- Make sure the email addresses listed in Skyward (for both student and guardian) are accurate! (Students-- use (or set a forward to) an email address that you actually CHECK, i.e., the email address that updates to your smart phone, if you have one.)
- Do not allow yourself to fall behind. Concepts build upon prior knowledge, so if you don't do the homework at the beginning of a unit, odds are good that you will struggle with concepts for the rest of that unit because of it.
- Watch the calendar! Units are frequently very short. Generally there is a new test or late-work-deadline (or both) every week. All of these are already marked on the calendar. Being unaware of a deadline will not get you an extension! Add the calendar to your gmail account (this can also update to a smart phone).
- There will be homework. Every day. Plan on it. We will learn new things. Every day. Plan on it. Choose to be excited to learn new ideas and skills. Polish up your work ethic and enjoy the opportunity to grow, because that is what school is all about.
- Use the resources that are available. All class notes and all handouts are available on this website (and via Canvas) for viewing or download. There are tutorial videos or applets linked with many concepts as well. We are in the process of recording teacher narrations for all of the class notes. There is an outline-style review posted with every unit. (Some students use these outlines during the units as well, since they often explain things in a different way than the class notes do.) Take advantage of the availability of course content for this class!
We are offering 14 sections of introductory chemistry at LPHS in the 2020-2021 school year. The four teachers work collaboratively and use the same resources, assignments, and schedule. There is at least one section offered every class period.
Are you signed up for chemistry this fall? Are you super excited?
Are you worried about COVID-19 stealing your learning opportunities?
Luckily, the LPHS chemistry team has already created a cohesive curriculum, and our course content is all available online. Similar to the physics program at LPHS, the chemistry program relies on online homework and the class notes (and any paper assignments) are available online.
We are in the process of recording narration videos for all the class notes, so if you need to stay home to quarantine, you will still be able to get the information you need and submit your assignments on time. (You can submit paper assignments by taking a photo/scan and submitting electronically.)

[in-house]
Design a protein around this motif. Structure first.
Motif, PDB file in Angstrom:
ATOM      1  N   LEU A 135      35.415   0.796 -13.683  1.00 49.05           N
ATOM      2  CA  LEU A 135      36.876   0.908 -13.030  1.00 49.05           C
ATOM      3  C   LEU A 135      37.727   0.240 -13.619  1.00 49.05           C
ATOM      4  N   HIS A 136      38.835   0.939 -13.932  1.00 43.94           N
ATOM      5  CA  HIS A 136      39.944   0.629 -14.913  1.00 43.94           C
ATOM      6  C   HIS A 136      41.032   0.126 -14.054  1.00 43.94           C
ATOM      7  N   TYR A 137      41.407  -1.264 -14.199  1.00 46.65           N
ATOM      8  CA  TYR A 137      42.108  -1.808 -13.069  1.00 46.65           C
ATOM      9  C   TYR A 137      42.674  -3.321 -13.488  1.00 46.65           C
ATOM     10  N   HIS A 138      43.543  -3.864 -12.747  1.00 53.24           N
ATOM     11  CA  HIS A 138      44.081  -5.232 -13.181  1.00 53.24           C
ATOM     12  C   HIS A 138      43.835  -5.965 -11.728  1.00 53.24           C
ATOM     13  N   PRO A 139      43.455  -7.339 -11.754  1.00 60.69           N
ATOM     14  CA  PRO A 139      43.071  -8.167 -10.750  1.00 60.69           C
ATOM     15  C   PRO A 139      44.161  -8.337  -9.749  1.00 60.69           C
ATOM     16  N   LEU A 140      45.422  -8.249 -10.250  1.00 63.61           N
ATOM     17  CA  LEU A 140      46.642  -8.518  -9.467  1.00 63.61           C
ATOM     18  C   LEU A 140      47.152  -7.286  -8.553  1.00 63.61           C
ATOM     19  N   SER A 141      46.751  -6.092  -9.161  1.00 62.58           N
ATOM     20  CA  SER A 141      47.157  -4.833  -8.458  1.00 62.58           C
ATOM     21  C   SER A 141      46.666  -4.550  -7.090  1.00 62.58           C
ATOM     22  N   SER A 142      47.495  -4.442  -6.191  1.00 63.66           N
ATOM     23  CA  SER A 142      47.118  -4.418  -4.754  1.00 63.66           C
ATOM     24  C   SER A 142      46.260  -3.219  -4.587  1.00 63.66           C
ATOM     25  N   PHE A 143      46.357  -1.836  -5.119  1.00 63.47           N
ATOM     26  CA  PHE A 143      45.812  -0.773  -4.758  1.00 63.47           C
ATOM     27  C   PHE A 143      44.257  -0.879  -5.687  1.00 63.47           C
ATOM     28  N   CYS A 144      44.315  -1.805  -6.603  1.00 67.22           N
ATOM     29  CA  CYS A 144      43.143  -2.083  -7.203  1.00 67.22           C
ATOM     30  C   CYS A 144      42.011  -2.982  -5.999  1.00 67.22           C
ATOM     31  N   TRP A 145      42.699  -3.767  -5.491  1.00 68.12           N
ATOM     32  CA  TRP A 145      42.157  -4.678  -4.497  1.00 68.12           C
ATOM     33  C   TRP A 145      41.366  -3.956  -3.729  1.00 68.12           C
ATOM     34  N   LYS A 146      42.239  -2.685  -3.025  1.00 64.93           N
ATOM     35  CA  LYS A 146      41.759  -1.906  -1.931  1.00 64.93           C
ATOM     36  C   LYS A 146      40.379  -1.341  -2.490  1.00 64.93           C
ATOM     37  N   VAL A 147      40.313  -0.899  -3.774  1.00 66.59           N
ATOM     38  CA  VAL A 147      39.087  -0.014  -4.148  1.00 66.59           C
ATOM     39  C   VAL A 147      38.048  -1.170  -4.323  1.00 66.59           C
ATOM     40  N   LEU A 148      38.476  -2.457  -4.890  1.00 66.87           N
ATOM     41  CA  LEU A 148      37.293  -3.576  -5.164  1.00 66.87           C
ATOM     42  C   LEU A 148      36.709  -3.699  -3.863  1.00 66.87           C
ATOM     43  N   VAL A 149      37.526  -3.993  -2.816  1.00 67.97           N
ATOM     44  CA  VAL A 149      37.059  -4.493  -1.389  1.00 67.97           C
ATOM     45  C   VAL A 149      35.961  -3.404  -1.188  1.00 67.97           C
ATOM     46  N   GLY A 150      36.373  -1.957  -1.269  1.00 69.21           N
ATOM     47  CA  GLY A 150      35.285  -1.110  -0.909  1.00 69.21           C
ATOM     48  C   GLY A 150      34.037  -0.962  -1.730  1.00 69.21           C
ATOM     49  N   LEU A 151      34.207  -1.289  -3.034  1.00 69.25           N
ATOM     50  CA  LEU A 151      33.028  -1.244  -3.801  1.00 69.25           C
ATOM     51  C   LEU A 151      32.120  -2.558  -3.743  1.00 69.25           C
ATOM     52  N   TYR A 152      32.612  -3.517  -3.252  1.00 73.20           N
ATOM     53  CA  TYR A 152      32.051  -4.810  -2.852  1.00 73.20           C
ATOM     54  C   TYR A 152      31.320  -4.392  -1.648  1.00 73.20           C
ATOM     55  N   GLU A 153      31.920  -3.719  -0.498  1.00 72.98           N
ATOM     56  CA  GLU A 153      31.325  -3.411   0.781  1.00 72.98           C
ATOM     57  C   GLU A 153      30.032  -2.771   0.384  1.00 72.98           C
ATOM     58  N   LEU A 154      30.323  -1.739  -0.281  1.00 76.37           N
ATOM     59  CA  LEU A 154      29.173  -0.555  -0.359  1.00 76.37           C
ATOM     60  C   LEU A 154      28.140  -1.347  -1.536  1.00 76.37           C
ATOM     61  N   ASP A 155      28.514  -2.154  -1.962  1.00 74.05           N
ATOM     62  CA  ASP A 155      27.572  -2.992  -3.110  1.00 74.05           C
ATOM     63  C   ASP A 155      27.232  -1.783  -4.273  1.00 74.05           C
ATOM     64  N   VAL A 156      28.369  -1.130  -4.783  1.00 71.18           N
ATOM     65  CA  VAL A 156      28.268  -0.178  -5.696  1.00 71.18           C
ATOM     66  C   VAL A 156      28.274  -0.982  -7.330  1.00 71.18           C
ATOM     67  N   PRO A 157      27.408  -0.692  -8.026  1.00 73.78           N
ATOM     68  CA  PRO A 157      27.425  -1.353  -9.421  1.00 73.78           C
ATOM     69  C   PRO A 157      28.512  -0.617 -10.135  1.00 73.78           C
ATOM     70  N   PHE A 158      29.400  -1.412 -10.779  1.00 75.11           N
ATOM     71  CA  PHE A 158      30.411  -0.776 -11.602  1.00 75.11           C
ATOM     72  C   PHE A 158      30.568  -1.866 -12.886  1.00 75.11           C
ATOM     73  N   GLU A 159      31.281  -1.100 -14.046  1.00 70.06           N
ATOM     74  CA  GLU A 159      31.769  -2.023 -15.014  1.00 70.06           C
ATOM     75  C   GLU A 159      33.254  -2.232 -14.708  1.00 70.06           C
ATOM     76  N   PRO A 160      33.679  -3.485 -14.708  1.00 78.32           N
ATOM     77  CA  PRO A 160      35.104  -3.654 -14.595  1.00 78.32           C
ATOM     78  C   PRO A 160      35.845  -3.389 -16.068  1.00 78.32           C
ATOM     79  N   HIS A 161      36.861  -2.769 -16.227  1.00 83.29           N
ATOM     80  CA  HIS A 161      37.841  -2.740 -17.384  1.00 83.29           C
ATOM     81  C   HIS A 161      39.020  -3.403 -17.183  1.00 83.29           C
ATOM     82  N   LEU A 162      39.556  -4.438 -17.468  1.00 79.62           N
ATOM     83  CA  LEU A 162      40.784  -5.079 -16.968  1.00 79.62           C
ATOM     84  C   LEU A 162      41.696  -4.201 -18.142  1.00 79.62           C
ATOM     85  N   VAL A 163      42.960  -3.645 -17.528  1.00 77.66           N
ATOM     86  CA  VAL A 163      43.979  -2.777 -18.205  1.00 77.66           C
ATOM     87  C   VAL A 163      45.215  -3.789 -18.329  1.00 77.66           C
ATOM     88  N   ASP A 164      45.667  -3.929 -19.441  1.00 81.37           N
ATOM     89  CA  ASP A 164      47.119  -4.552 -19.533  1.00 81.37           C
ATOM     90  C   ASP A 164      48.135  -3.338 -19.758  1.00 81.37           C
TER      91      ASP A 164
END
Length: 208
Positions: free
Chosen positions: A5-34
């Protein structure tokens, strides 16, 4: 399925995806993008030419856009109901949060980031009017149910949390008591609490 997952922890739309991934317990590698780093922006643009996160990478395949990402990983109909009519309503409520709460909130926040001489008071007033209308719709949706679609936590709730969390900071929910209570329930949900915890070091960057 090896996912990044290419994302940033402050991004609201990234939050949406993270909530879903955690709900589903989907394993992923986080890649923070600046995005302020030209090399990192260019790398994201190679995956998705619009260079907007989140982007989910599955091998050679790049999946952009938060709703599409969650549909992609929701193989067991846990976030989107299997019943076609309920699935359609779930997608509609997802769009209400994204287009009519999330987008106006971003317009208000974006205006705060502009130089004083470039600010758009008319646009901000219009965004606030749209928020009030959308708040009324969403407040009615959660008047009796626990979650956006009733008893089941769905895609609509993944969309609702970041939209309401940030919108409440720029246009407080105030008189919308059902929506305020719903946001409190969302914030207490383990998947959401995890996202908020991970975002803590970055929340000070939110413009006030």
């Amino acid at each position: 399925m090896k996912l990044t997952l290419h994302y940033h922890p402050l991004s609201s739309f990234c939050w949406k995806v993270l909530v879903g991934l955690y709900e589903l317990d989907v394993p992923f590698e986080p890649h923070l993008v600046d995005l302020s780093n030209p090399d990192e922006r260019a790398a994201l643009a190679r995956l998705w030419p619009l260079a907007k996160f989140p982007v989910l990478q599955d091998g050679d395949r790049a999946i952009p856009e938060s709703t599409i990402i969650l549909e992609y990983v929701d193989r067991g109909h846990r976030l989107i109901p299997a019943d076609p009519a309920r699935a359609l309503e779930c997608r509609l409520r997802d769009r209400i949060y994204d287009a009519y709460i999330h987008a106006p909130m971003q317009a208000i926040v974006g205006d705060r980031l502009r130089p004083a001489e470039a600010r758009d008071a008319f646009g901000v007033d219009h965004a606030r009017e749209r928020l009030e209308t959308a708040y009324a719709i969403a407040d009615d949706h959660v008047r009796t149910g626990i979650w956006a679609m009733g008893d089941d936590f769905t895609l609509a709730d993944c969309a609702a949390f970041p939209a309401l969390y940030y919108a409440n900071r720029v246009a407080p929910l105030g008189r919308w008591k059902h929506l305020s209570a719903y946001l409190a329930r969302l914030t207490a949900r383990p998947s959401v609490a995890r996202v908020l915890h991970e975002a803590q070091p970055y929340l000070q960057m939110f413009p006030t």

We know that listening to us teach on video is not as inspiring as being in the classroom, but hopefully our recordings are still an improvement over reading the notes by yourself. If you take advantage of our online content (some of which will be posted here, all of which will be available via Canvas), you will be able to succeed in chemistry even if you cannot be in the classroom due to the pandemic.
Oh hey, do you want more detail than was in the previous post? Do you want to take the Unit 11 test while quarantined? Super!
Here is a summary of the Socially Distant LPHS Chemistry Plan. Note that this was written by Wentz, so if you have a different chem teacher, a few of these things may be somewhat different in your class.
The Unit 11 Test & Late Work Deadline were intended to be Monday, 3/16 (A-Day) and Tuesday, 3/17 (B-Day). With the schools entering soft closure, what's the plan now?
We are offering 16 sections of introductory chemistry at LPHS in the 2019-2020 school year. The four teachers work collaboratively and use the same resources, assignments, and schedule. There is at least one section offered every class period.
There are two common problems people have with logging in to Canvas.
1) Using the alpine.instructure.com link to log in yields a 500 error:
If the device you are using is logged in to multiple Google accounts (Gmail accounts) when you first log in to Canvas, this error message is almost guaranteed. This error also pops up when the server is too busy-- which frequently happens right at the end of the term.
There are two ways to solve this problem. The first way is as follows :
Log out of each and every Google account used on the device. (It isn't enough to close the window. You must actually log out.) Then log in using your @alpinesd.org gmail account. After this, you should be able to add the other Google accounts (reopen them on the device), and from then on, the Canvas login will ask you which one to use. But the first time, you have to log all the others out.
The method for solving problem 2 (below) should also work for this.
2. Using the alpine.instructure.com link to log in yields a forbidden or restricted error:
Solve this problem (and almost all Canvas Login problems) this way:
Log into your @alpinesd.org gmail, and get to Canvas through the google apps button in the upper right corner next to your profile pic.
Click the 9 dots (the symbol you use to get to Google drive), then choose MORE.
When you click MORE, Canvas shows up there with a colorful square icon.
This is always the best way to get you into Canvas when the alpine.instructure.com link yields a server error.
Click below to check out some recent chemistry: from skunk stench to the moon, from eye-floaties to uranium, Compound Interest summarizes July 2019's big chemistry topics.
(Actually, let's call it applied chemistry & physics.)
Here's a short video from the American Chemical Society about the chemistry of fireworks, for your Fourth of July enjoyment. You also might like this article from Mental Floss which explains the chemistry of different fireworks colors.
Science News for Students has an article that also looks into some of the physics and engineering challenges involved in creating a pyrotechnics show-- including pictures of a record-breaking shell that created a fire-burst 1 km (0.6 mi) in diameter!